Town With Coal Ash In Their Water Treks To Capitol
Residents of the town of Juliette worried about coal ash from Georgia Power’s Plant Scherer in their drinking water traveled to the capitol Monday to press lawmakers on a pair of coal ash bills.
They wore matching T-shirts reading “Save Juliette,” made the 80-plus mile trek on charter buses and worked the rope line outside the house chambers, hoping to speak representatives from around the state to press for passage of bills that would mandate coal ash be stored away from groundwater.
The trip came after many residents began receiving the results of tests of their well water by the Altamaha Riverkeeper, results in which most residents found their water was contaminated by heavy metals. Not long after, the Georgia Emergency Management Agency helped secure three tanks containing thousands of gallons of potable water for residents, though GEMA is adamant that the tanks don't belong to the state and that they only helped Monroe County borrow from another county.
The lobbying day also coincided with the passage in the Senate of a Republican backed bill upping the cost for disposal of coal ash in solid waste landfills, an effort aimed at stemming the importation of coal ash from utilities in neighboring states.
Amber Joyner was among residents who decided to lobby representatives. She recently found that the well water in the home where she and her husband are raising four daughters has levels of a toxin called hexavalent chromium above the levels considered safe by the state of California.
Her assignment? Talk to Tom McCall (R-Elberton).
“I just wanted to see if I could encourage to support House Bill 756,” Joyner began.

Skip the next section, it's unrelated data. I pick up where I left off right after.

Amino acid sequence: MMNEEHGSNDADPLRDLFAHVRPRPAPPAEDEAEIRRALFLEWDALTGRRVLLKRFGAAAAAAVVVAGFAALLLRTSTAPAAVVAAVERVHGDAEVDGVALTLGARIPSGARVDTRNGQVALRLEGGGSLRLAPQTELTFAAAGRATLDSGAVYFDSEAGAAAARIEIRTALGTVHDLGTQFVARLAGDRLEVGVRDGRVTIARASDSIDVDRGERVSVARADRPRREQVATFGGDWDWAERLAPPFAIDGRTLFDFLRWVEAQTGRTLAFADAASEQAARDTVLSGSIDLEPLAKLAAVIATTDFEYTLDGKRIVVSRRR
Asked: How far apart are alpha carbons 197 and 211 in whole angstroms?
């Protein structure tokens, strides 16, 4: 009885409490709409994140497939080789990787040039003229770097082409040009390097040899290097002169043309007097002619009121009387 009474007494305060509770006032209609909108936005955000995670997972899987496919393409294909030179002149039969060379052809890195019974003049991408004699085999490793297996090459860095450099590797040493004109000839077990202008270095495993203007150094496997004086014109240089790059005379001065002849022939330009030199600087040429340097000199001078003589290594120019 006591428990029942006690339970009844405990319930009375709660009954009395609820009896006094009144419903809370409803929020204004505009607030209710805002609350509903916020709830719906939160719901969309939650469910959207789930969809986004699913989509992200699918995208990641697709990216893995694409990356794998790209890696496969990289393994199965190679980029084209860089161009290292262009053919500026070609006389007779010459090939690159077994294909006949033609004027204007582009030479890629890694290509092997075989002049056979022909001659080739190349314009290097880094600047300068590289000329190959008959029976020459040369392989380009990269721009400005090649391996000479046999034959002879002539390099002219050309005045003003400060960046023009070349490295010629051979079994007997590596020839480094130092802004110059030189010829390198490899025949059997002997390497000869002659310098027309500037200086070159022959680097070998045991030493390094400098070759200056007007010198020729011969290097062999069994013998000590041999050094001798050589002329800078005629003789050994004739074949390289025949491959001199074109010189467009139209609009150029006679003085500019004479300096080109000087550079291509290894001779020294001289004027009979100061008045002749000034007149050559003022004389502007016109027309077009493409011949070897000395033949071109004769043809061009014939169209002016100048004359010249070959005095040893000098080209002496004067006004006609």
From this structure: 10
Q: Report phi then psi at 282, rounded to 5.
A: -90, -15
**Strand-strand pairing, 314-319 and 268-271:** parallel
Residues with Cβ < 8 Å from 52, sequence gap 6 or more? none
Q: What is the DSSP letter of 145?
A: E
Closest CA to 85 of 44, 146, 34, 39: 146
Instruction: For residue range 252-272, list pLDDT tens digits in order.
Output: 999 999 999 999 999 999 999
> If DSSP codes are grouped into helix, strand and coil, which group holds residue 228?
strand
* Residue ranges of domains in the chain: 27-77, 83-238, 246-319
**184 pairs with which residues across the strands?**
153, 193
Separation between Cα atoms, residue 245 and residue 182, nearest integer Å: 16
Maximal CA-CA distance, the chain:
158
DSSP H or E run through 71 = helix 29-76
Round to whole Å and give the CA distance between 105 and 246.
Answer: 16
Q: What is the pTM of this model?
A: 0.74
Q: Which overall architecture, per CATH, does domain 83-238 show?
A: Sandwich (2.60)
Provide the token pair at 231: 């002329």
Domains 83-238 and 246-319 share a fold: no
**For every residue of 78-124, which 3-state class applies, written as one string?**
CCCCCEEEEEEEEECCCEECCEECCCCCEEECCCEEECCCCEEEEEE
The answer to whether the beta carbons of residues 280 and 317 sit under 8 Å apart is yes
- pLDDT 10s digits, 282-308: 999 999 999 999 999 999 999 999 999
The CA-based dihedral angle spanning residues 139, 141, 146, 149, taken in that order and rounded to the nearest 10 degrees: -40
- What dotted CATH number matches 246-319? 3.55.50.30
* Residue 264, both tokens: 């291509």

“The coal ash bill,” McCall responded with a nod.
“Yes, sir,” Joyner said. “I live about a mile from the plant and our well results have come back with hexavalent chromium, vanadium and some other heavy metals.”
McCall then asked if Georgia Power had offered to run water from a utility to the Joyner home. She told him they had not, then asked him again where he stood on the HB 756. He nodded in support, even if he said that a family death for a member of the Natural Resources Committee meant the bill would be held up from making it to the house floor for at least a few days.
Joyner was pleased with the exchange, if surprised that McCall hadn’t already known coal ash is partially submerged in the aquifer that supplies Joyner’s well and the wells of her neighbors in Juliette.
“With my family, with my four little girls, I want the safest closure method possible,” Joyner said. Georgia Power currently plans on sealing the Plant Scherer ash pond above ground and leaving the coal ash as is under ground.
After the lobbying effort, the group held a press conference and then went en masse to Gov. Brian Kemp’s office to present him with a petition with over 2,000 signatures demanding some action to provide their community with clean drinking water. Gini Seitz was blunt. Her daughter has had a rare cancer she wonders isn't related to coal ash toxins.
“How many people in here voted for Brian Kemp and are Republican?” she asked
Hands shot up.
"How many people will convert to Democrat if we don’t get some help?”
About half the hands stayed up. Some nervous hands were half raised.
Neither the senate nor the house bill around coal ash storage and groundwater have yet made it out of their committees.